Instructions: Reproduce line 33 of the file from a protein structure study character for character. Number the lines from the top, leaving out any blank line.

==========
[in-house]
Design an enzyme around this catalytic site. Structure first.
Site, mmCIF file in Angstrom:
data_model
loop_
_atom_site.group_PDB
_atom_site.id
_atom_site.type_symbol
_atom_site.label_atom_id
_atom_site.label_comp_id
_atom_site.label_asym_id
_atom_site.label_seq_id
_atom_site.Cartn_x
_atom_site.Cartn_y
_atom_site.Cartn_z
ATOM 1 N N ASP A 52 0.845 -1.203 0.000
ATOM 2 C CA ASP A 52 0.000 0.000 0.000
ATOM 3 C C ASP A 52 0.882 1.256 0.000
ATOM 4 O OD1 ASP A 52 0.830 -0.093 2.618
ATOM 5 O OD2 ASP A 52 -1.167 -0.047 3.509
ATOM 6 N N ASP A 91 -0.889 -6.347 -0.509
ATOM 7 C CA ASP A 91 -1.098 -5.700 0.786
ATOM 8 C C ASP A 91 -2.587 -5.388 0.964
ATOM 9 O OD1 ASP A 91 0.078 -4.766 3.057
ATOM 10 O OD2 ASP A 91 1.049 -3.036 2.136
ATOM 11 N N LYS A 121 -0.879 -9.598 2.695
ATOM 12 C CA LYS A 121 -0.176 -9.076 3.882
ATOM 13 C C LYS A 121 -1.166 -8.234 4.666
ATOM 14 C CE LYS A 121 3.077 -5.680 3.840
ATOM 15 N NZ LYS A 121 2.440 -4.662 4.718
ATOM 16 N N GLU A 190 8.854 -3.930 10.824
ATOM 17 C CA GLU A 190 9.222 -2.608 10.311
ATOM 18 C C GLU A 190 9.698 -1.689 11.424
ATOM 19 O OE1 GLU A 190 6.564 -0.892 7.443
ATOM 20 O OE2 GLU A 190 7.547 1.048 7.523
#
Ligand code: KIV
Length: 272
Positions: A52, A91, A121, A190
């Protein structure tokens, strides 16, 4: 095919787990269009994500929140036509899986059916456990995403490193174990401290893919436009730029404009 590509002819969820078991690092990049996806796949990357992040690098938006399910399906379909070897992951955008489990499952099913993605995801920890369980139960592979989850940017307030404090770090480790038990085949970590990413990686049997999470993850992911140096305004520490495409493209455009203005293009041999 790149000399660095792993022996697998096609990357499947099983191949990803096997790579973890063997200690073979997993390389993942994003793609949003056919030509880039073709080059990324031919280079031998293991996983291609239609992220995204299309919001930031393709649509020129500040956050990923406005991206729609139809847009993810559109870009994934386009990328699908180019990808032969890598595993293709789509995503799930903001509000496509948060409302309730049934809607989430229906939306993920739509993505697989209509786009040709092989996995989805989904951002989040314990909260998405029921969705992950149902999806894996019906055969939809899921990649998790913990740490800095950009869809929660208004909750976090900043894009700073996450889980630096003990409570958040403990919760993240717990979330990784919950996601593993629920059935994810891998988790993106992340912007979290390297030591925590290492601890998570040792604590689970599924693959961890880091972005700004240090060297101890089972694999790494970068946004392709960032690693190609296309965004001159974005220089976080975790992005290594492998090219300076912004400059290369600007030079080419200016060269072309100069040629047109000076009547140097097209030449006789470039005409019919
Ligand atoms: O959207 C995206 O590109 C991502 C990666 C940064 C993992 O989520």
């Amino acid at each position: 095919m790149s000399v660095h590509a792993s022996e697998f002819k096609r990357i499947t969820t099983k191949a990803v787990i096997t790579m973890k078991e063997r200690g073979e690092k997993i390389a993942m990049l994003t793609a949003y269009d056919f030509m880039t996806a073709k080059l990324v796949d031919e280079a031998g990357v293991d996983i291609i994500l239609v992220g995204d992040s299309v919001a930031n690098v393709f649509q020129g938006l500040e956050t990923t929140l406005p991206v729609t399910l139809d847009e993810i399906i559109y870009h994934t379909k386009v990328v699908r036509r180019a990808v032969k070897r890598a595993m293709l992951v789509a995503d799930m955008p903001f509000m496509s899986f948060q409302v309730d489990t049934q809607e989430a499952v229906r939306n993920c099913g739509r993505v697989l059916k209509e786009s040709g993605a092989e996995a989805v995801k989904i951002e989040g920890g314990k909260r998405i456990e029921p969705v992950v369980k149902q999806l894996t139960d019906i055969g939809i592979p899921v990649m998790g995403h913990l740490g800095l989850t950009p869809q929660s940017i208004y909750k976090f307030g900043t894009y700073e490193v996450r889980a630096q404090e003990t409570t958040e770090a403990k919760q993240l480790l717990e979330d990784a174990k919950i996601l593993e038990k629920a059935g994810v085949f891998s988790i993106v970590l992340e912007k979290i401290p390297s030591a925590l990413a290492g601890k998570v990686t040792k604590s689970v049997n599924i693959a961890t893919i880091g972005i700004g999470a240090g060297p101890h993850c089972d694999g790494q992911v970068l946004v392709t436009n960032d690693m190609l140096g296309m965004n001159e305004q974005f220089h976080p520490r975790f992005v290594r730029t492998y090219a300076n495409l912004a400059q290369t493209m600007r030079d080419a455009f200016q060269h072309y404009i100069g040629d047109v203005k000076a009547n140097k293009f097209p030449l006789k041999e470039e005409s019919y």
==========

ATOM 18 C C GLU A 190 9.698 -1.689 11.424